Sunday, December 30, 2007

Do people realize?

This may be old news -- but it was new news to me. I realize a lot of people like LibraryElf. Because it helps them keep track of their library materials. What can it "deliver"?

What's delivered?
Email and/or RSS alerts before items are due
Email and/or RSS alerts on overdues and holds
Consolidated list of yours or your family's library loans and holds
Cellphone text message alerts for holds (US and Canada)
Real-time checking by browser

But I don't like the idea of opening of my private information to strangers so I've never used it. Plus I stumbled upon something on bloglines while looking for Oklahoma library news...that some folks who use the RSS feature may not fully realize...

Surely this is just a fluke and I wouldn't be able to see anything additional... so I clicked the preview option

Personally I don't view this as a good thing (of course considering my last post I may have residual paranoia) And it could still just a fluke -- so I searched by Library Elf URL and found...3,520 posts on bloglines.

Do these users realize they are sharing so much information? Do they care? I find it rather disturbing. But to Library Elf's credit -- they do have a disclaimer in their FAQ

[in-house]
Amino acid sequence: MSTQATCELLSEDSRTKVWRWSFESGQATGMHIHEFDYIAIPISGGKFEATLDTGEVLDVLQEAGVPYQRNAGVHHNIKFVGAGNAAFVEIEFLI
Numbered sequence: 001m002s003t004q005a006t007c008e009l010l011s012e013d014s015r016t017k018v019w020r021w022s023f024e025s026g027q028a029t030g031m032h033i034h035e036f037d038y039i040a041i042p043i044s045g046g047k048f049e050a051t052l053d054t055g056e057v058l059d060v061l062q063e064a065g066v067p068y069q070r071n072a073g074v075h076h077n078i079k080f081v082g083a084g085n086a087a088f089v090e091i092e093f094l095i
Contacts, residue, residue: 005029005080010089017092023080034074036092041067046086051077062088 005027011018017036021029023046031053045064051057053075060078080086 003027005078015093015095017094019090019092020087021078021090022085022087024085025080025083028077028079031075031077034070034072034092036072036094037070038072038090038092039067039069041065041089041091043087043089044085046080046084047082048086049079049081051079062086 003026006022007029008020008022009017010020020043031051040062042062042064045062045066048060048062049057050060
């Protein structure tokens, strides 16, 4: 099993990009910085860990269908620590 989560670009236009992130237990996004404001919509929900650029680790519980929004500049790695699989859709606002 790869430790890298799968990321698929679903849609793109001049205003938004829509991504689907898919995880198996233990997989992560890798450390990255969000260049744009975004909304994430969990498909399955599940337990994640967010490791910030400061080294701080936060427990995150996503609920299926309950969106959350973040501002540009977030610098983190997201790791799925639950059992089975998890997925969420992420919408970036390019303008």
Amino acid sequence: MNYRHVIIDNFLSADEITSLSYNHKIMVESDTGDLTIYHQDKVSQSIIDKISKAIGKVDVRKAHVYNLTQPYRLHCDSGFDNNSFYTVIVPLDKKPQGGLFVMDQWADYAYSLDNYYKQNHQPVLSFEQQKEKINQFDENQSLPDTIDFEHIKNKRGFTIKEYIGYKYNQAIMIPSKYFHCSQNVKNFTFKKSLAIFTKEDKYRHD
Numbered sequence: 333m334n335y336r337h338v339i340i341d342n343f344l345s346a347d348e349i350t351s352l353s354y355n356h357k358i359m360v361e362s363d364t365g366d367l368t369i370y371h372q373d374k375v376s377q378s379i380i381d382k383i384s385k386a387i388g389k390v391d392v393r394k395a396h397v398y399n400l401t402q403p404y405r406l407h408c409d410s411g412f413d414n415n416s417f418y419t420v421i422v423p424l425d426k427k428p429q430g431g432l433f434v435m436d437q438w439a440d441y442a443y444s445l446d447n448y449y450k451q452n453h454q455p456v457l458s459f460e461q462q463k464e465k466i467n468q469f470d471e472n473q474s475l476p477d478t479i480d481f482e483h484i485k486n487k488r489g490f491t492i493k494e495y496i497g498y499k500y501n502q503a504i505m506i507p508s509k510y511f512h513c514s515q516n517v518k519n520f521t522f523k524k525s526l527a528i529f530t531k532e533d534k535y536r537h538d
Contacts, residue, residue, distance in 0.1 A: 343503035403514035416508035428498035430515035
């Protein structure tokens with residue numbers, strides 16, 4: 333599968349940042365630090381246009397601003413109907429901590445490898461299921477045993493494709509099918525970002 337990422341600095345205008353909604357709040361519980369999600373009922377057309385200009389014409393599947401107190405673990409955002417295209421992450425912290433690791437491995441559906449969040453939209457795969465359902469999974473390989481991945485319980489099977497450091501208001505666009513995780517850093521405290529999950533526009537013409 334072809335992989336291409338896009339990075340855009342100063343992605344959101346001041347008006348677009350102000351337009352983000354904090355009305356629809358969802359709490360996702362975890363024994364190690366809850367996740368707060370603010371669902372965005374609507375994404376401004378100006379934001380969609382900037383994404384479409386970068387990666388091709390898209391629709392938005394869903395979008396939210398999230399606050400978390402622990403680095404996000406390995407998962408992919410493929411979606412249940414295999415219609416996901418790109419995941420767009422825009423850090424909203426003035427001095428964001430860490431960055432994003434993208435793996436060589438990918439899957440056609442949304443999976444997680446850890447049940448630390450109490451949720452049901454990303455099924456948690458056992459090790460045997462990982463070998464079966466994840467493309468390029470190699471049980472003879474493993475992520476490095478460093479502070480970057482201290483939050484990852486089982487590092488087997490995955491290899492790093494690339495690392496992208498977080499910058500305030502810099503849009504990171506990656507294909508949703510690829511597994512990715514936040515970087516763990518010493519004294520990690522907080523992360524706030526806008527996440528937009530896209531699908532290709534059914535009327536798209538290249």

It is important to note that if you use public RSS aggregators (e.g. Bloglines, Feedster, Rojo, etc.) you should be aware that some of these services may allow other users to read your RSS feeds. This means that putting a private RSS feed in a public aggregator could mean that others will be able to read your feed information.

Important Reminder: keep in mind RSS feeds are not without risks. Some public RSS aggregators may allow other users to read your RSS feeds -- even if you have set your profile to "private". If you have questions about your RSS software, please contact your RSS feed service provider.
Even with it listed the users understand? You may want to make sure your patrons who use Library Elf understand.


Brian C. Gray said...

Even in the public RSS readers, the user can mark individual feeds as private. I warn people about this all the time in my web/library 2.0 workshop.

Adri said...

Good to hear Brian - I hope others are instructing their students and patrons the same.

Chris said...

This was discovered some time ago - the same thing happened with Seattle Public when they first created RSS feeds in their catalog, but they eventually fixed that I believe.

Background can be found here -